Draft Statute of the Multilateral Investment Court

Marc Bungenberg and August Reinisch 


This Draft Statute of a Multilateral Investment Court is the result of a three-year research project. It is based on the study 'From Bilateral Arbitral Tribunal and Investment Courts to a Multilateral Investment Court', which was first published in German by Nomos, Facultas and Dike in 2018 (available here) . A second, English edition, published by Springer in 2020, is now also available as an open access book. The draft Statute is meant to stimulate discussion and to demonstrate that it is possible to create a Multilateral Investment Court (MIC) on the basis of a treaty.

The institutional and general legal setting of this draft Statute advocates for the establishment of an international organization based on a treaty, open to States as well as to international organizations. The Statute prescribes the MIC’s jurisdiction over investor-State as well as State-State disputes. By joining the MIC, Members recognize its international and domestic legal personality, accord it with the privileges and immunities required for its independent functioning, and contribute to its budget.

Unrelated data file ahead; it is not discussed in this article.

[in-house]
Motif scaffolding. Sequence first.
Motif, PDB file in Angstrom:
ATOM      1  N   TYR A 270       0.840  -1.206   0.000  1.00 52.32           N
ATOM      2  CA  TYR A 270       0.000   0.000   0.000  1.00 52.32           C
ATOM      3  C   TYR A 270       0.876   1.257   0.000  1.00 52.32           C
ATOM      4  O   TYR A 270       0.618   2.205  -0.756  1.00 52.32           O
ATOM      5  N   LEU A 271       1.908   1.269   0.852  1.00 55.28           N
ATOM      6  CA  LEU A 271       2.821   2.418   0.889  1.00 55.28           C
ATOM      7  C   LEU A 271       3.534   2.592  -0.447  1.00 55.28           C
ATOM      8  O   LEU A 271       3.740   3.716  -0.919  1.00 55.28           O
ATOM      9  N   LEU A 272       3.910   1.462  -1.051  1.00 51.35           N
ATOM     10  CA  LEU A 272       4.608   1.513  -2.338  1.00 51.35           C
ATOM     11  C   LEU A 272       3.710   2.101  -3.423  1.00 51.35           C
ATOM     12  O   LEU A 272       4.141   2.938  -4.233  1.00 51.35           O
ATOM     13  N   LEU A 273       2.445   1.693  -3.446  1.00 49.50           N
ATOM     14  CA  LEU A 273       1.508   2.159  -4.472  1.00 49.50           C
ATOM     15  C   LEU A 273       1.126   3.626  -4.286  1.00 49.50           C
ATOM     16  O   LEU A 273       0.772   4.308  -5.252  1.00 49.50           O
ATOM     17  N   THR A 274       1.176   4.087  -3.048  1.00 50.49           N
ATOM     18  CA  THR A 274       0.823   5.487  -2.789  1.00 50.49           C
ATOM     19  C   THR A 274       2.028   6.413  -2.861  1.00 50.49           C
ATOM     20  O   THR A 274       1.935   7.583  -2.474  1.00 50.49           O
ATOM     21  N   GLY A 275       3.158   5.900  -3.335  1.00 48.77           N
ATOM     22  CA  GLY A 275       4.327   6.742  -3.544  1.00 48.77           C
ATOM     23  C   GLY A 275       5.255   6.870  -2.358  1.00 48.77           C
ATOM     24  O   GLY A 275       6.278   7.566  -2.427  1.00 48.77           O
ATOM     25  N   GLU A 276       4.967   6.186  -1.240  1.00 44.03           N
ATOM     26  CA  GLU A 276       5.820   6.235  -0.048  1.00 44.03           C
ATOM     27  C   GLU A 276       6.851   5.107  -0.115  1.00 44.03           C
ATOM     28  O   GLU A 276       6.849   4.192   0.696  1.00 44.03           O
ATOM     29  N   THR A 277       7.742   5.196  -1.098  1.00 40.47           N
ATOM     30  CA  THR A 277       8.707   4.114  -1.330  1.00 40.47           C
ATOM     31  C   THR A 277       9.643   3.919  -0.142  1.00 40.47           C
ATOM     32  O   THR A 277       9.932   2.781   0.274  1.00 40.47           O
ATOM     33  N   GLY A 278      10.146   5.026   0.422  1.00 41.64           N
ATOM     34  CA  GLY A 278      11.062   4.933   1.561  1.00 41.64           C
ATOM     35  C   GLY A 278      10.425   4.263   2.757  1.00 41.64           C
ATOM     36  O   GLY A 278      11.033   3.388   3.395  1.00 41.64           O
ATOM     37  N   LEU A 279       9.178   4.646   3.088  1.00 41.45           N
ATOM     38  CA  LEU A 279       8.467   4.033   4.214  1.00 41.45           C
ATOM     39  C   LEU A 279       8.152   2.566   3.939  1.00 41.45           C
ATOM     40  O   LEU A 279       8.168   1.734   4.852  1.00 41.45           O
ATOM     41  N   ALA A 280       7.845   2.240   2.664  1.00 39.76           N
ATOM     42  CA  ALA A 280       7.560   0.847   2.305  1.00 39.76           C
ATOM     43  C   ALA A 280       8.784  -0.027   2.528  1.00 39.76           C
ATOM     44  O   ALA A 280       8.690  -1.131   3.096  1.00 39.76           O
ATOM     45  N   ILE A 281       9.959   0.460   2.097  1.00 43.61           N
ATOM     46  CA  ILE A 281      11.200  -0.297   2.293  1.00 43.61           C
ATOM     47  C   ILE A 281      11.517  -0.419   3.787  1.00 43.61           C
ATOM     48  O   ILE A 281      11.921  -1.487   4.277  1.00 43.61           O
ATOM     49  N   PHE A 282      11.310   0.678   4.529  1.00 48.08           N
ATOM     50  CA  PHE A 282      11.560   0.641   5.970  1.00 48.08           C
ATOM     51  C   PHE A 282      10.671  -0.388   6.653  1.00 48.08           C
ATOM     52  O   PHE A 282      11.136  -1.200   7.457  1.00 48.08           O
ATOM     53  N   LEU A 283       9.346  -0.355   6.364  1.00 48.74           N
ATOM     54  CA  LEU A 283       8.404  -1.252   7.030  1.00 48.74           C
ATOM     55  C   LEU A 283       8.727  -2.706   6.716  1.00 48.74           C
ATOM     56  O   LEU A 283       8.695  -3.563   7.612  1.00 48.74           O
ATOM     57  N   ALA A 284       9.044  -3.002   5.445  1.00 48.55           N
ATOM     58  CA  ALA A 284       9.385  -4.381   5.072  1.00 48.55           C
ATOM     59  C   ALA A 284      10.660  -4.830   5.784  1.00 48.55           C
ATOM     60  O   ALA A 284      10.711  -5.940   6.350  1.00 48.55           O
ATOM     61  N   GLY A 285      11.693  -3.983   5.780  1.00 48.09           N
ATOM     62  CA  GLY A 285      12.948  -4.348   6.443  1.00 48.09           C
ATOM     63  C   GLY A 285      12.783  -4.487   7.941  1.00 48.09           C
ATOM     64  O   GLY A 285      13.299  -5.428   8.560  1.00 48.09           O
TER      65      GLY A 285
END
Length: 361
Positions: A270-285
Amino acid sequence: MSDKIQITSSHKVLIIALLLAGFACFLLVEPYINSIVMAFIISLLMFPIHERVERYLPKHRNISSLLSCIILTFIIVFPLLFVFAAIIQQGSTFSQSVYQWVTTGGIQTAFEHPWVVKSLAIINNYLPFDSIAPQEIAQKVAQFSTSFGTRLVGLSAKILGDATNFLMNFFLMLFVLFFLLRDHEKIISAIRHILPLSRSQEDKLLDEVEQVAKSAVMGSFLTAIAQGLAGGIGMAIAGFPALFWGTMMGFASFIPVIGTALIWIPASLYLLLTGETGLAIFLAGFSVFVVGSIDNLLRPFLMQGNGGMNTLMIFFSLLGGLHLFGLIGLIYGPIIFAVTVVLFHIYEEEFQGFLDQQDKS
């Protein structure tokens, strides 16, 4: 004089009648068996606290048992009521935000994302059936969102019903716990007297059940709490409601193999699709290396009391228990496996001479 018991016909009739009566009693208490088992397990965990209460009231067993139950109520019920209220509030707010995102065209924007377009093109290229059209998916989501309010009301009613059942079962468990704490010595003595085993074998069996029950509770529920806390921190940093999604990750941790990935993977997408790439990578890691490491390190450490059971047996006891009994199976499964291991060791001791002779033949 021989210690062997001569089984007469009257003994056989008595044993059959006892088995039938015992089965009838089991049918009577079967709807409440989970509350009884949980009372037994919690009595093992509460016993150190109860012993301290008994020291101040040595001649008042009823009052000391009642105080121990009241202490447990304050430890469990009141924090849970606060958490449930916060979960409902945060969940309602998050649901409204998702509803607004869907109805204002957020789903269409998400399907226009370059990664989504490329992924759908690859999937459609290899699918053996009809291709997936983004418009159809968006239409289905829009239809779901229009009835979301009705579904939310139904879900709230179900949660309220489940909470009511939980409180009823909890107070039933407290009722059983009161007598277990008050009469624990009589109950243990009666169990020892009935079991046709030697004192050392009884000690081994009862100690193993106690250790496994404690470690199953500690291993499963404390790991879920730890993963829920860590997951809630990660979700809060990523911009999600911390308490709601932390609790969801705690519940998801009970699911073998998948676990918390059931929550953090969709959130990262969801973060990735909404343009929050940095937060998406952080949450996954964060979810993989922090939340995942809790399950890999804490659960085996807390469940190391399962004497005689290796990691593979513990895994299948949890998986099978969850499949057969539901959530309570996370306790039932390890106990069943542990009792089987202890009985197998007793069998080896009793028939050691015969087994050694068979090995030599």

The draft Statute also provides for a bench of judges (sitting as a Court of First Instance and an Appellate Court), a Secretariat, a Plenary Body, and an Advisory Centre. The Statute envisages that judges will be appointed for a longer period of time, be independent as well as impartial, and highly qualified. The proposed mechanism for the selection of judges is premised on the need to ensure that all regions and major legal systems are adequately represented.

The Statute expressly enshrines the rule of law, transparency, efficiency, consistency, and Members’ right to regulate. It contains the fundamentals of procedure and incorporates, inter alia, the UNCITRAL Rules of Transparency in Treaty-based Investor-State Arbitration. The MIC may regulate its own rules of procedure in greater detail and adapt to the specific needs of future disputes.

With regard to the enforceability of MIC decisions, the Statute foresees a treaty-based obligation on all MIC Members to recognize and enforce them. Arrangements on enforcement in third States can be foreseen in a separate treaty. The new enforcement system also provides for the establishment of an enforcement fund.

With this proposal, we hope to contribute to the ongoing discussion.

The first edition of the "Draft Statute of the Multilateral Investment Court" published by Nomos is freely available for downloading (here)